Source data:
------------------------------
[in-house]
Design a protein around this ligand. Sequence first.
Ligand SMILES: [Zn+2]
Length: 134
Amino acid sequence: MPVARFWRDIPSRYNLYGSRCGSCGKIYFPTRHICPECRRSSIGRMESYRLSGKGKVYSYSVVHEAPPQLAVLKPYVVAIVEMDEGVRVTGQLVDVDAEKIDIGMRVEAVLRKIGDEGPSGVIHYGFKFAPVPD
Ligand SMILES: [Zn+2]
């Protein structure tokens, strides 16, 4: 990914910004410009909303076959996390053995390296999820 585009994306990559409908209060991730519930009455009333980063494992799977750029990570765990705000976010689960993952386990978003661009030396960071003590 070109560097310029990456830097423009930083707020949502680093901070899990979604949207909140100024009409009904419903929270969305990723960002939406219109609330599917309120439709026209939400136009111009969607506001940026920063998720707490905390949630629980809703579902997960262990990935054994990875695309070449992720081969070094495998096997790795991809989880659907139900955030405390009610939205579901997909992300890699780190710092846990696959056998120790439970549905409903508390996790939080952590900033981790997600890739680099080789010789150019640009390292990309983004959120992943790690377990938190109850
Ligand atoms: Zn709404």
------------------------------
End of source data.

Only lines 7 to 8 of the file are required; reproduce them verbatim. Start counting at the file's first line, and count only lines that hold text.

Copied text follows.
């Protein structure tokens, strides 16, 4: 990914910004410009909303076959996390053995390296999820 585009994306990559409908209060991730519930009455009333980063494992799977750029990570765990705000976010689960993952386990978003661009030396960071003590 070109560097310029990456830097423009930083707020949502680093901070899990979604949207909140100024009409009904419903929270969305990723960002939406219109609330599917309120439709026209939400136009111009969607506001940026920063998720707490905390949630629980809703579902997960262990990935054994990875695309070449992720081969070094495998096997790795991809989880659907139900955030405390009610939205579901997909992300890699780190710092846990696959056998120790439970549905409903508390996790939080952590900033981790997600890739680099080789010789150019640009390292990309983004959120992943790690377990938190109850
Ligand atoms: Zn709404």